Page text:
UMPQUA RIVER System– Surf perch fishing in Winchester bay is fair at best. Trollers in the lower reaches of tide water are catching some nice Chinook in the 20+ pound range lately (according to Anna Alisa from Salmon Harbor Tackle). This past week has seen another influx of fish in the river with some over 30 pounds! The main is restricted to one wild adult Chinook per day and five per year. There is no retention of wild coho in the Umpqua this year. Bass fishing throughout the Umpqua basin is great.
SW Washington Fishing Report by Terry Otto
The action shifts to tributaries after the Columbia closed to salmon, after a great start to the fall fishing. But, those tribs need rain bad. Warm weather and low water is slowing the bite.
Vancouver Metro Area
The Columbia has closed to all salmon fishing locally, after anglers caught too many fish during a great season. It remains open above Bonneville Dam, where fish counts have been terrific. Anglers will now pivot to fishing the local rivers for fall salmon, and there are plenty of those around. Its beginning to look like an epic coho run. All that’s needed for excellent fishing is a little rain.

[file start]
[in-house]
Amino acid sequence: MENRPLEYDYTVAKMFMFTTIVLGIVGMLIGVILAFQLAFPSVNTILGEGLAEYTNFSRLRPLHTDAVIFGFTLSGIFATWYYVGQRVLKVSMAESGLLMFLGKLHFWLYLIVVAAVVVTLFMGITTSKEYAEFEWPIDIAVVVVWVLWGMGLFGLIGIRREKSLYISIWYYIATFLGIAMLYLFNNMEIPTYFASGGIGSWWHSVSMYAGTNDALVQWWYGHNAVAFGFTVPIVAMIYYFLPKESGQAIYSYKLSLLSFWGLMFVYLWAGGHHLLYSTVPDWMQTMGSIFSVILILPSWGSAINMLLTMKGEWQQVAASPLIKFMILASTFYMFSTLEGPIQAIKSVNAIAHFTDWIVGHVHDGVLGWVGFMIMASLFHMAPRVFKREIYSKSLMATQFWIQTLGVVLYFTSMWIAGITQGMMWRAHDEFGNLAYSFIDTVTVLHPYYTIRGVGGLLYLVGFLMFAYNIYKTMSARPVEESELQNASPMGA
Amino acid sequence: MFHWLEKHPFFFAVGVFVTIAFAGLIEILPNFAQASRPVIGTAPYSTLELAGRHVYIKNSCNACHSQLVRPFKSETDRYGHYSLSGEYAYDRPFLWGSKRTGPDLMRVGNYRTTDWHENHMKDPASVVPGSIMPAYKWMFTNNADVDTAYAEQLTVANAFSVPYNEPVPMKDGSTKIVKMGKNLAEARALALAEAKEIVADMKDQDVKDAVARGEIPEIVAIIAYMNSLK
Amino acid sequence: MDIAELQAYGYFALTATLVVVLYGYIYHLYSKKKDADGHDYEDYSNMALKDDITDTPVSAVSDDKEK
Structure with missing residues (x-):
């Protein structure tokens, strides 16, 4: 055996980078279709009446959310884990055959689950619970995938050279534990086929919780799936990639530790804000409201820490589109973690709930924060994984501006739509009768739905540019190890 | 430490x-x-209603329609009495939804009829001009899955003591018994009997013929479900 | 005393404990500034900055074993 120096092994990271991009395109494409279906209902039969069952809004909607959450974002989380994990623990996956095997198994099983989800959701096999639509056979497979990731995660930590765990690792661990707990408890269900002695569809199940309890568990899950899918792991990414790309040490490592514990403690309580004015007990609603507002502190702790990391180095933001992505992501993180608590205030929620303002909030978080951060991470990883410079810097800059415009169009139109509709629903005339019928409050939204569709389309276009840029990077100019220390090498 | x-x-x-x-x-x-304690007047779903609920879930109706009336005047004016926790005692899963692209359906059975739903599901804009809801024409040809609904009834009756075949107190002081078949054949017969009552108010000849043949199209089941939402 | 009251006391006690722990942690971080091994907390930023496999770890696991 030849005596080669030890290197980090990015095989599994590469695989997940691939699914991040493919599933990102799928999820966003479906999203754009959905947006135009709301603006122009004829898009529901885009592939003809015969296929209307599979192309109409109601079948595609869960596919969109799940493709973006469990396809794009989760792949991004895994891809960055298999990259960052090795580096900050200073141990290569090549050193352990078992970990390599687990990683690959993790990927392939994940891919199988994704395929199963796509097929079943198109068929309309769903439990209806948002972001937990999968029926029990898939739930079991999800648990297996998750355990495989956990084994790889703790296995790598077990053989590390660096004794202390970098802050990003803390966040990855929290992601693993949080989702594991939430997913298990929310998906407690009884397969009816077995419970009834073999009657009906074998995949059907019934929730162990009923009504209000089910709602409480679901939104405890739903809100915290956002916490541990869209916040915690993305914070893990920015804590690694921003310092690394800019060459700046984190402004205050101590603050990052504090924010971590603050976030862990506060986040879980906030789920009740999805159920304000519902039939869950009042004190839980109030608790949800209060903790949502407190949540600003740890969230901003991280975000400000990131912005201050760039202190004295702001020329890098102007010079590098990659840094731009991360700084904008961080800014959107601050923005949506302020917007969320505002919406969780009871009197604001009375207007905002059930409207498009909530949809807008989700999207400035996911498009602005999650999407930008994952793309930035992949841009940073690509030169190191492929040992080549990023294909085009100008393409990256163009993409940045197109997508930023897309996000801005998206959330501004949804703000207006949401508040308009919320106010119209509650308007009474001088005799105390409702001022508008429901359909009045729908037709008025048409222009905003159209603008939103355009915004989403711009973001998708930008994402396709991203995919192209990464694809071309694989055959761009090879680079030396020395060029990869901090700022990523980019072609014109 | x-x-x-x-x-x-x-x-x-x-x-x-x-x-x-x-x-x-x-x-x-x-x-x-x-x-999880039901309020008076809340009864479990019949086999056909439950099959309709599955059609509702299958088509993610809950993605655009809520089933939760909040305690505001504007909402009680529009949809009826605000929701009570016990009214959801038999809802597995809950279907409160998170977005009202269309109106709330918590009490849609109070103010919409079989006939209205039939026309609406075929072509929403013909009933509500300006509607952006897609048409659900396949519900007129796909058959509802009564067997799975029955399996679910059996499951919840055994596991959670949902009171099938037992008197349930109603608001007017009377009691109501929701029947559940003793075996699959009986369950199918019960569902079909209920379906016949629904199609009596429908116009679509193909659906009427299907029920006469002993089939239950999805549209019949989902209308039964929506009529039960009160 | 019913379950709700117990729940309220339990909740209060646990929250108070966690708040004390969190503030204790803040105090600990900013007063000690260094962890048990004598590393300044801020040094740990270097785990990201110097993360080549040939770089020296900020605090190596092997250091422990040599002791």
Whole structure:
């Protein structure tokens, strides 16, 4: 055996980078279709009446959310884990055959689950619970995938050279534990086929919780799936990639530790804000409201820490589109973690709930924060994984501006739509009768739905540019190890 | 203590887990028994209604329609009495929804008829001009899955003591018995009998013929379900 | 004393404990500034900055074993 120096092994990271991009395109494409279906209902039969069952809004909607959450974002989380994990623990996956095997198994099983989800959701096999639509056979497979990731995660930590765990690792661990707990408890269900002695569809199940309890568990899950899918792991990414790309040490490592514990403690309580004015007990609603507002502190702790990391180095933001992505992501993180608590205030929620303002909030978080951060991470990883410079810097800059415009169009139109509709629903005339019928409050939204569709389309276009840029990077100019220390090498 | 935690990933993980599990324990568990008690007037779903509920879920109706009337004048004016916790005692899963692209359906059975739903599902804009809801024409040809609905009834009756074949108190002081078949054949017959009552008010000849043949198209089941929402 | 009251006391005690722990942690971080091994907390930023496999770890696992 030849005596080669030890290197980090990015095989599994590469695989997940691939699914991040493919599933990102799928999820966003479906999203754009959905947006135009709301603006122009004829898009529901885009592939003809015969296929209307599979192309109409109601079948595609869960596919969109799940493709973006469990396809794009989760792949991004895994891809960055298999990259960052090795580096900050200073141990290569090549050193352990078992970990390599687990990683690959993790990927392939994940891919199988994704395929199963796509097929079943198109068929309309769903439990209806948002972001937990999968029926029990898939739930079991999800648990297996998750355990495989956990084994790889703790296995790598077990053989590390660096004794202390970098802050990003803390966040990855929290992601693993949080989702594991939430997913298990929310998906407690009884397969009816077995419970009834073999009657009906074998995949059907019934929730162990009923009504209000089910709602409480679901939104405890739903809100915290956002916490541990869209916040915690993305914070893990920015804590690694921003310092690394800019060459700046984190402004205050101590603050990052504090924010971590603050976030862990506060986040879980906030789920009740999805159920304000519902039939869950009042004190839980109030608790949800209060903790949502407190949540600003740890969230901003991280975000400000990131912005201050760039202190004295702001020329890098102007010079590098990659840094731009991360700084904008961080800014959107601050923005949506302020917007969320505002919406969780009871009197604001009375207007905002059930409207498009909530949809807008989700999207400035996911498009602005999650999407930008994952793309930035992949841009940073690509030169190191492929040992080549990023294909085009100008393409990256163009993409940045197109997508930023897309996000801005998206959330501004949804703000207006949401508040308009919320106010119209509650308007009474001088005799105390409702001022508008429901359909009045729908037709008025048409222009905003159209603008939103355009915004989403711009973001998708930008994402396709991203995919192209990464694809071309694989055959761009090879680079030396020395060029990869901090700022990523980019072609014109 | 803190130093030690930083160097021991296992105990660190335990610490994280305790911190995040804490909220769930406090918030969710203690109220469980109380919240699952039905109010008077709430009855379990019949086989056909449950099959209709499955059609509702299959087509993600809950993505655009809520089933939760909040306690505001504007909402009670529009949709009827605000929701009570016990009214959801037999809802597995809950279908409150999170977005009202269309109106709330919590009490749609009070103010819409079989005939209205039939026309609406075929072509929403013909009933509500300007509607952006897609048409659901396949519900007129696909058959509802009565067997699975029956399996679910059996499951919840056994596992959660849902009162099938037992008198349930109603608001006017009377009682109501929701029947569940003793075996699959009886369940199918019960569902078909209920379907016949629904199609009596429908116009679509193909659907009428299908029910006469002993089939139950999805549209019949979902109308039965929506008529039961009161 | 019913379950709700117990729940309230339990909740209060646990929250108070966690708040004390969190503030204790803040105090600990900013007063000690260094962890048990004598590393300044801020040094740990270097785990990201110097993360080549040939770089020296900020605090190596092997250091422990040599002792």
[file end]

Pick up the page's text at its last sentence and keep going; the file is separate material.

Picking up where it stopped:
The Columbia River will be open for sturgeon retention this Saturday and the next. Fishing should be good. The Buoy Ten fishery is open for coho, and should fish very well this weekend.
Lewis and Washougal Rivers Fishing Report—Fishing remains good in the Lewis River, although the system just keeps dropping, and that has slowed the salmon bite in some places. The word has gotten out about how good the fishing is, and anglers can expect serious crowding the closer they get to the hatchery. This is especially true for bank anglers, who have less options. Popular fishing areas in Woodland have stayed crowded, too. Boat anglers are taking their fish on salmon eggs and spinners, and bank anglers are doing the same and also drifting. Hover fishing at the meat hole is paying off, and the catch is getting more skewed to the coho, instead of the Chinook. Anglers are reminded that the Chinook can not be kept unless they are fin-clipped until October 1.